The Irish potato famine that caused mass starvation and approximately 1 million deaths in the mid-19th century was triggered by a newly identified strain of potato blight that has been christened "HERB-1," according to a new study.
An international team of molecular biologists studied the historical spread of Phytophthora infestans, a funguslike organism that devastated potato crops and led to the famine in Ireland. The precise strain of the pathogen that caused the devastating outbreak, which lasted from 1845 to 1852, had been unknown.
"We have finally discovered the identity of the exact strain that caused all this havoc," study co-author Hernán Burbano, a researcher at the Max Planck Institute for Developmental Biology in Germany, said in a statement. [Microscopic Worlds Gallery: Fascinating Fungi]
Previously, a Phytophthora strain called US-1 was thought to have triggered the potato famine, but by sequencing the genomes of preserved samples of the plant pathogen, the researchers discovered that a different strain — one that is new to science — was the real culprit.
"Both strains seem to have separated from each other only years before the first major outbreak in Europe," Burbano said.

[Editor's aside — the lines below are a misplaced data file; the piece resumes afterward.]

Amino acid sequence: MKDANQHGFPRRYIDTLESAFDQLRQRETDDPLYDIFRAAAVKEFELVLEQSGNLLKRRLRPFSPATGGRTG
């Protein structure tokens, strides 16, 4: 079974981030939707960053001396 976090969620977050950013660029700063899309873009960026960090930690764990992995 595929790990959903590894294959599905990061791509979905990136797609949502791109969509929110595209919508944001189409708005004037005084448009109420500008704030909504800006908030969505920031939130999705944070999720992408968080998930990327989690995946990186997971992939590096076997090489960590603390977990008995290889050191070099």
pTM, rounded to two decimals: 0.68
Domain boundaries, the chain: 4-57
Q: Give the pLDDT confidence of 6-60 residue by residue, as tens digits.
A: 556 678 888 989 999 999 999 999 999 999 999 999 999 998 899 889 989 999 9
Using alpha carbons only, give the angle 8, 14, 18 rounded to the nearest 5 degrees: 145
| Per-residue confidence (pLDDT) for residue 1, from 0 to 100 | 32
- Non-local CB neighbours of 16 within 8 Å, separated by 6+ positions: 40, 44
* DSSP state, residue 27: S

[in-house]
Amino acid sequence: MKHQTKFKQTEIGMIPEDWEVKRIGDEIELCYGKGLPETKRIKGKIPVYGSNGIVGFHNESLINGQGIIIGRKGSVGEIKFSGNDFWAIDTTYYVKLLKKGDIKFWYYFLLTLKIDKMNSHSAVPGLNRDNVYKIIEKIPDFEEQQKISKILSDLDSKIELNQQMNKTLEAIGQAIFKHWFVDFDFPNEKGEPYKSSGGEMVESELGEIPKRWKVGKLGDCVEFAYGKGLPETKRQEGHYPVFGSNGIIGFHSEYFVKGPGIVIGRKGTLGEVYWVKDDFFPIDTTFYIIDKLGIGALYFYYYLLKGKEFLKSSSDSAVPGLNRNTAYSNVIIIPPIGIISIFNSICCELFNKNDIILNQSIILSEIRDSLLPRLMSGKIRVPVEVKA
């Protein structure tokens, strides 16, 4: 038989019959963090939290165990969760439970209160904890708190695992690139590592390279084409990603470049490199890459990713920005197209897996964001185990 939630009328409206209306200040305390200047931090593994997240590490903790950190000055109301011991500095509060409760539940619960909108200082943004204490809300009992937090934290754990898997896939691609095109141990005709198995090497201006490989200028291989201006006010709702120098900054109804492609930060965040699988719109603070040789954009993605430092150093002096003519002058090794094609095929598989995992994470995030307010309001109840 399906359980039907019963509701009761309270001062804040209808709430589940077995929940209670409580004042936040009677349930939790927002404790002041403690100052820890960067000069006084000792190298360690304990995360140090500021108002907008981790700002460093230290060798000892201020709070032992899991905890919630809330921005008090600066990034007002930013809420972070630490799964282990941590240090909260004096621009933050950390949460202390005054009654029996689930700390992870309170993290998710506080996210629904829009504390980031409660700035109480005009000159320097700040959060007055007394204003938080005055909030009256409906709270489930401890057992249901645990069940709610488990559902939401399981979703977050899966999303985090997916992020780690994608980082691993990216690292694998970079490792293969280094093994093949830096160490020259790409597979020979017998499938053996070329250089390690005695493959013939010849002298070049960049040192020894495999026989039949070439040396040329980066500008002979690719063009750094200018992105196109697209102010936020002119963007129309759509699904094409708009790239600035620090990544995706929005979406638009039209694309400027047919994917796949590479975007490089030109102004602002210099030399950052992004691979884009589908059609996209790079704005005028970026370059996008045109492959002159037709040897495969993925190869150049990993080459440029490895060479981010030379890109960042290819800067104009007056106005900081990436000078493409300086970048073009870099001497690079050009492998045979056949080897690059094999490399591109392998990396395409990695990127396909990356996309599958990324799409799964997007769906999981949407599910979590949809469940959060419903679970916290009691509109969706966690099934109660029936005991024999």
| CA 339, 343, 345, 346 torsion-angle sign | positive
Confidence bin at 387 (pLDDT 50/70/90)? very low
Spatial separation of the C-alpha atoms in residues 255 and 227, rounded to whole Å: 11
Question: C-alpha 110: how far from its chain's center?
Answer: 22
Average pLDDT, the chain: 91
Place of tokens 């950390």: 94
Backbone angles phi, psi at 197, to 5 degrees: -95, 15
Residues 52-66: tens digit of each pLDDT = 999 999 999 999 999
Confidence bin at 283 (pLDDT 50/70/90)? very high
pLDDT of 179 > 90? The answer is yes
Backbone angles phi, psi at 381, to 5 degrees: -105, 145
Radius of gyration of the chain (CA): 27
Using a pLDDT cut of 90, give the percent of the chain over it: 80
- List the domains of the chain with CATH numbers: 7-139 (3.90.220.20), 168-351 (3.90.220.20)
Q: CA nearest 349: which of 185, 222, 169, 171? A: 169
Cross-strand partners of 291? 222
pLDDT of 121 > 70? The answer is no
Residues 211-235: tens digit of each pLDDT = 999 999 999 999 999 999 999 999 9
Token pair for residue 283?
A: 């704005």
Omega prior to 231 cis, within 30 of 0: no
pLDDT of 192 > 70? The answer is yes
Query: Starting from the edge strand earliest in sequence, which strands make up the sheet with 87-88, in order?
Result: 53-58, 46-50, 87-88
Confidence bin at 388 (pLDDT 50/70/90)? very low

The researchers studied 11 historic samples from potato leaves that were collected about 150 years ago in Ireland, the United Kingdom, Europe and North America.
The scientists found these ancient samples, which were preserved at the Botanical State Collection Munich and the Kew Gardens in London, still had many intact pieces of DNA. In fact, the DNA quality was so good the researchers were able to sequence the entire genome of Phytophthora infestans and its host, the potato, within just a few weeks.
"The degree of DNA preservation in the herbarium samples really surprised us," study co-author Johannes Krause, a professor of paleogenetics at the University of Tübingen in Germany, said in a statement.
Taken from http://news.yahoo.co...-140830483.html